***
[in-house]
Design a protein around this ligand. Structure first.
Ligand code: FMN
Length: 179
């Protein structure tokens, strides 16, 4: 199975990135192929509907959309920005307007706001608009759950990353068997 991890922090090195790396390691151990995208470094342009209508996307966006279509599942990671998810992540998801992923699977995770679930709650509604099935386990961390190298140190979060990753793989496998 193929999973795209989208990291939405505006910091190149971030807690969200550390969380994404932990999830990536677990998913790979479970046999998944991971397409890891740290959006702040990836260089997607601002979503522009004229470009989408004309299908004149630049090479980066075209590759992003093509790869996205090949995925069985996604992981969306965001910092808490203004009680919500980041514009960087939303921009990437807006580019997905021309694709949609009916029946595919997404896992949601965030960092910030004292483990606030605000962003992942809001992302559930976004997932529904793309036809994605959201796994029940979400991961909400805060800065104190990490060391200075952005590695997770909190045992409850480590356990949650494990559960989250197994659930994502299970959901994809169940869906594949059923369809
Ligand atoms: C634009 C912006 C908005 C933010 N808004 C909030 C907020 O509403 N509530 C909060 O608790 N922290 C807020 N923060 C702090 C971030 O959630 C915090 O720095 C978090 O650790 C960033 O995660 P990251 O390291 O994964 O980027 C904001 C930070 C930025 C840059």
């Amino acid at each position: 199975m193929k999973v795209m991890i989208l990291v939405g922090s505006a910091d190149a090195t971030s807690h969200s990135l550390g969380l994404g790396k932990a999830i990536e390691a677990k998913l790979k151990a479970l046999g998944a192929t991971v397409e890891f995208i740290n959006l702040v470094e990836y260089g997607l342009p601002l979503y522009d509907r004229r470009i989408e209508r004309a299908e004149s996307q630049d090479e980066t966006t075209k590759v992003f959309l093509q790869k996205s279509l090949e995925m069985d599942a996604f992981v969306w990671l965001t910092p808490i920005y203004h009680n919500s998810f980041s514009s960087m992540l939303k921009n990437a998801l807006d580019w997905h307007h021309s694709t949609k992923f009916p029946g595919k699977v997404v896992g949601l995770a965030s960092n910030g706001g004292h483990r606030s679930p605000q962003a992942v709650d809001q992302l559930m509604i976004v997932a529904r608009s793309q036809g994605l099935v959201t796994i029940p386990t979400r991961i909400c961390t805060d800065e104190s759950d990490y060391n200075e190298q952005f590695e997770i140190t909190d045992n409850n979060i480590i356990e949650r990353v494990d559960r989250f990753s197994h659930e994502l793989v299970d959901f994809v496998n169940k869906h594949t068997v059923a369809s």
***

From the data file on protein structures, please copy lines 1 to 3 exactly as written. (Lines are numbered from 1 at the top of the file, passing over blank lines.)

[in-house]
Design a protein around this ligand. Structure first.
Ligand code: FMN